Google could end up paying out 1.35 percent of the money it makes off AdWords in the US after losing a patent suit. On Tuesday, Virginia judge Raymond Jackson set an ongoing royalty rate that Google owes a patent and ringtone company called Vringo in addition to the millions in damages it was ordered to pay last year. The case could theoretically net Vringo hundreds of millions of dollars a year, all because of two patents from the early days of search engines.
Vringo produces video ringtones and a Facebook-based app called "FaceTones," but its big business is buying and leveraging patents — a struggling Nokia, for example, sold Vringo 500 of its patents in exchange for $22 million. This case dates back to 2011, when it acquired two patents formerly owned by Lycos and promptly sued not only Google but AOL, IAC, Gannett, and Target for infringement in Google's AdWords system. The strategy was successful, and in 2012, a court issued a broad ruling in its favor. Google and its advertising partners were ordered to pay a total of around $30 million, plus an ongoing royalty. Microsoft settled its own case with Vringo last year, paying $1 million upfront and licensing its patents.
Google's AdWords redesign still used a "colorful variation" of the patent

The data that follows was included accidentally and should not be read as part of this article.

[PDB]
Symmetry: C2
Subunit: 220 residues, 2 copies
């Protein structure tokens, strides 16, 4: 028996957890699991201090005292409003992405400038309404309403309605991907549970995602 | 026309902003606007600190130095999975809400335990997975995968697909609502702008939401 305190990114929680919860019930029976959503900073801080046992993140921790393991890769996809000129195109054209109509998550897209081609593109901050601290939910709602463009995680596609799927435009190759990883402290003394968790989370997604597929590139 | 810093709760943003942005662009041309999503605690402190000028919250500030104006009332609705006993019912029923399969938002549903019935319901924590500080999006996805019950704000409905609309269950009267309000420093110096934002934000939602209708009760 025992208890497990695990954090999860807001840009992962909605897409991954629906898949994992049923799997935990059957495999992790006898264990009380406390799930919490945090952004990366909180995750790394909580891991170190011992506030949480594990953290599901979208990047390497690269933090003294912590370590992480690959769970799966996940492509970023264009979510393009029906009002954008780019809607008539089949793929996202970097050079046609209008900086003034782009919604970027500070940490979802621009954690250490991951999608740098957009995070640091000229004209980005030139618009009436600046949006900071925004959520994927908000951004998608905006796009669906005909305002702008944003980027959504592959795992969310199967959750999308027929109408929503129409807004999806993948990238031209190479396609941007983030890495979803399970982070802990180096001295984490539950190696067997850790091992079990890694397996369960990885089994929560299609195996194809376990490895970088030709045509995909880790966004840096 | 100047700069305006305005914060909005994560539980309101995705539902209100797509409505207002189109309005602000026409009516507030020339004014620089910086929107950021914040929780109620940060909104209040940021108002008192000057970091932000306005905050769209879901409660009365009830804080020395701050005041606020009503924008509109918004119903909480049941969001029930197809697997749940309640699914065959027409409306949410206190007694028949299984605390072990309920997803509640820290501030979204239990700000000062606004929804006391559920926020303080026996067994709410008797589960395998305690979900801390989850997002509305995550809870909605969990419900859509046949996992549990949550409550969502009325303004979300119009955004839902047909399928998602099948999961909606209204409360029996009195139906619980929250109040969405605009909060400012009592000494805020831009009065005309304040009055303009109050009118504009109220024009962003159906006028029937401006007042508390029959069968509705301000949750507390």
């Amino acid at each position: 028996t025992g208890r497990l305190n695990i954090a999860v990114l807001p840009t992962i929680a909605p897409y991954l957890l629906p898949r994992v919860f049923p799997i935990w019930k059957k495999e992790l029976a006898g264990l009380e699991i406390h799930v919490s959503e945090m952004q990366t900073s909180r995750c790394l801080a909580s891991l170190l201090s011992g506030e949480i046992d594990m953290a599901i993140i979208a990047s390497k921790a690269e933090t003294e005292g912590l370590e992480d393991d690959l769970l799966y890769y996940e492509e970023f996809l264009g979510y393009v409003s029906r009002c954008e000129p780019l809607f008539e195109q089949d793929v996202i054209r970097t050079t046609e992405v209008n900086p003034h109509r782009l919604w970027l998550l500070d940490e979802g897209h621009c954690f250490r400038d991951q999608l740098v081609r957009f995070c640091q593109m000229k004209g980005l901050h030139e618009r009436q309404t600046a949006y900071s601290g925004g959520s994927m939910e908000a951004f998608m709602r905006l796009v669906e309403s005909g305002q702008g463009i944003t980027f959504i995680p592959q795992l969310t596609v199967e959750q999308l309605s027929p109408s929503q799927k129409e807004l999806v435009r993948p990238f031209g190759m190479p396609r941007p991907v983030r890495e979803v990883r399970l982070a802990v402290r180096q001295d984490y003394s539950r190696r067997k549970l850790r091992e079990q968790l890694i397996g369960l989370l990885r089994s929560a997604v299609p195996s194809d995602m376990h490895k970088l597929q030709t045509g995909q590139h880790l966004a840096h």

In Google's case, the court found that AdWords incorporated an important element of Lycos' original system: a "long-term value" calculation, which selected ads based not only on click-through rate but on factors like the overall quality of the page and minimum bid. After the original decision, Google tweaked AdWords to cut the long-term value score from some elements of AdWords and to move the point at which it was calculated, but Jackson determined that this new method was merely a "colorful variation" on its predecessor, keeping Google on the hook for damages for as long as it uses the modified system.
A jury had suggested Google pay 3.5 percent of a portion of its revenue (the amount found to depend partly on Vringo's patents, or 20.9 percent), but the judge nearly doubled that, awarding a 6.5 percent royalty. That number was raised partly because even if Google didn't necessarily intentionally copy Lycos' system, it redesigned its product in a way that "clearly" still infringed the patent. For scale, Google's total advertising revenue in 2012 was over $43 billion, though that's not all through AdWords or earned in the US.
This is Google's second patent loss within a week. Last Wednesday, a Texas judge determined that its Android push notification system infringed the patent of a company called SimpleAir, though damages have not yet been set. In both cases, Google chose to go to court rather than settle or pay a licensing fee; now that the Vringo penalty is set, the company tells Ars Technica that it's already appealed this decision.